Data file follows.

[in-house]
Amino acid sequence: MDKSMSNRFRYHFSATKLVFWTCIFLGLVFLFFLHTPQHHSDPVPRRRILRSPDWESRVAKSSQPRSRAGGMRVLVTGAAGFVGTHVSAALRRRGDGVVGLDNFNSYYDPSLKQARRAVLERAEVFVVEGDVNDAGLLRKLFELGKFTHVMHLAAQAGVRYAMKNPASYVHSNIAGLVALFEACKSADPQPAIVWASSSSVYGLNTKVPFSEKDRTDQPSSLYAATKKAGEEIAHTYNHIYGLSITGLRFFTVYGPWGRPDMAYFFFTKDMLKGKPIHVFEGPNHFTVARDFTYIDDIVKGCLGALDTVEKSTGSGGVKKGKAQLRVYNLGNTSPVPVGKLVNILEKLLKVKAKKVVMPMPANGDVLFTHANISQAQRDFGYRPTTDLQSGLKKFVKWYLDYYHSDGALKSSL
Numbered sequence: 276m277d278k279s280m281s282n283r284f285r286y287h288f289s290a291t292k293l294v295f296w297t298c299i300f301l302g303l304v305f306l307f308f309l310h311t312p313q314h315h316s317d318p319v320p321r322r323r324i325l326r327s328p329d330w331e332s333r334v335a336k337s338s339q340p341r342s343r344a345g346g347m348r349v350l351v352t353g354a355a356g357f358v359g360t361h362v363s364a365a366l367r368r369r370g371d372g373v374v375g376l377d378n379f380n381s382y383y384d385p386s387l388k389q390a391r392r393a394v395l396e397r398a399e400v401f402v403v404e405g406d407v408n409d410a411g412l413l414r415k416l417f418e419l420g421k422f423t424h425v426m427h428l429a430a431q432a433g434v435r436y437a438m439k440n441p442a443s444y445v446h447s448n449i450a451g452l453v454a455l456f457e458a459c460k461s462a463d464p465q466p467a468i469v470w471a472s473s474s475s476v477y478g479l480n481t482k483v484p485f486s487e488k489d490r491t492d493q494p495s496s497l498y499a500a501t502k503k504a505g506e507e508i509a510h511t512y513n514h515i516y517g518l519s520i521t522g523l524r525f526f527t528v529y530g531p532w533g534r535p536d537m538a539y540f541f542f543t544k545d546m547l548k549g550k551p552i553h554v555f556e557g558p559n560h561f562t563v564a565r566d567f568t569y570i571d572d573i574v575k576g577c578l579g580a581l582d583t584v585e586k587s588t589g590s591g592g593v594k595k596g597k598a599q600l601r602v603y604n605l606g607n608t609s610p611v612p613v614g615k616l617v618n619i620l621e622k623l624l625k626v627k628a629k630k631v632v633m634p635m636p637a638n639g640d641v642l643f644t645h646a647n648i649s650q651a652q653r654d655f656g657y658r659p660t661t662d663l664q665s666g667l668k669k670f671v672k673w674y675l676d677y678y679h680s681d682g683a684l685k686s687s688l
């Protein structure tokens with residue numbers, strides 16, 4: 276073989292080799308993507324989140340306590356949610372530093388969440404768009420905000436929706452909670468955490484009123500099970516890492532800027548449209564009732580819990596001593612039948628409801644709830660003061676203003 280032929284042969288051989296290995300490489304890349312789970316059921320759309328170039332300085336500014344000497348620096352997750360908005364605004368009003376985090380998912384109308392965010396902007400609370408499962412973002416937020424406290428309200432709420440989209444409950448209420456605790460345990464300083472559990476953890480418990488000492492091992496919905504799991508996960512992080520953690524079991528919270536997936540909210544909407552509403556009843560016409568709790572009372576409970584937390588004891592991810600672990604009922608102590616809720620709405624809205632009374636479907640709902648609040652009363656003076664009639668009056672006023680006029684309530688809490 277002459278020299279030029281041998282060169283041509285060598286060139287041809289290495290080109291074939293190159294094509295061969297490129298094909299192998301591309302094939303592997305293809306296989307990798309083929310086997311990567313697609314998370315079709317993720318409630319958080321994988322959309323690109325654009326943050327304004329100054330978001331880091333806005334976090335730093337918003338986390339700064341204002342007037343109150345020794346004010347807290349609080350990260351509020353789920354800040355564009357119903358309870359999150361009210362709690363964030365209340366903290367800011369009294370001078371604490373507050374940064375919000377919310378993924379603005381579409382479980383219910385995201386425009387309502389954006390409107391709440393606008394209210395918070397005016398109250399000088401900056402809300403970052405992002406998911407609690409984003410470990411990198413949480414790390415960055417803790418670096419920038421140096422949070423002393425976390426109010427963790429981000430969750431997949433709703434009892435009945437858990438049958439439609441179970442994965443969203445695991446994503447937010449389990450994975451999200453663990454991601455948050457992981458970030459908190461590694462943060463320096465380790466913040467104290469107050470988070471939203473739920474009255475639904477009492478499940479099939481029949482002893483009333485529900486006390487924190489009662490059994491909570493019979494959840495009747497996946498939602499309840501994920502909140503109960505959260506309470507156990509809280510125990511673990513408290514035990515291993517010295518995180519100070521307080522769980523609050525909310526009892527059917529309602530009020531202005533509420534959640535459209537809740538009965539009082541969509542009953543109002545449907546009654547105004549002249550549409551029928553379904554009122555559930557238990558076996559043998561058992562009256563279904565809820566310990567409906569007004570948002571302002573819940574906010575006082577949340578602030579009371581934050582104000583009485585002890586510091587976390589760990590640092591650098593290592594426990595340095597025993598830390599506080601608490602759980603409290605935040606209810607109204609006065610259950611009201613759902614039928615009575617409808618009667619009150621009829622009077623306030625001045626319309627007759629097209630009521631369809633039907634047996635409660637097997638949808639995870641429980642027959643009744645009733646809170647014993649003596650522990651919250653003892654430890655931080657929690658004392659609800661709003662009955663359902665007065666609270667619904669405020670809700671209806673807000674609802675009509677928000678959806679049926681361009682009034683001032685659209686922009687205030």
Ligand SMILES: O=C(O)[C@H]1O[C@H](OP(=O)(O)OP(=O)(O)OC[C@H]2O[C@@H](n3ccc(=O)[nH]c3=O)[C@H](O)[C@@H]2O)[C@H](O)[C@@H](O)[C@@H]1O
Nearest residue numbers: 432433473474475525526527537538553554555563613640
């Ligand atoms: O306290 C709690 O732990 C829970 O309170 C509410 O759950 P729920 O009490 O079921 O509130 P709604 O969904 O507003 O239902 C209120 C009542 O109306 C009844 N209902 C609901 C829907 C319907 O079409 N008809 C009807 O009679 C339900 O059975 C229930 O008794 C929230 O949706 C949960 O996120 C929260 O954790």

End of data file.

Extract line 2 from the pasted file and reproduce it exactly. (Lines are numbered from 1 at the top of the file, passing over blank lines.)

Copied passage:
Amino acid sequence: MDKSMSNRFRYHFSATKLVFWTCIFLGLVFLFFLHTPQHHSDPVPRRRILRSPDWESRVAKSSQPRSRAGGMRVLVTGAAGFVGTHVSAALRRRGDGVVGLDNFNSYYDPSLKQARRAVLERAEVFVVEGDVNDAGLLRKLFELGKFTHVMHLAAQAGVRYAMKNPASYVHSNIAGLVALFEACKSADPQPAIVWASSSSVYGLNTKVPFSEKDRTDQPSSLYAATKKAGEEIAHTYNHIYGLSITGLRFFTVYGPWGRPDMAYFFFTKDMLKGKPIHVFEGPNHFTVARDFTYIDDIVKGCLGALDTVEKSTGSGGVKKGKAQLRVYNLGNTSPVPVGKLVNILEKLLKVKAKKVVMPMPANGDVLFTHANISQAQRDFGYRPTTDLQSGLKKFVKWYLDYYHSDGALKSSL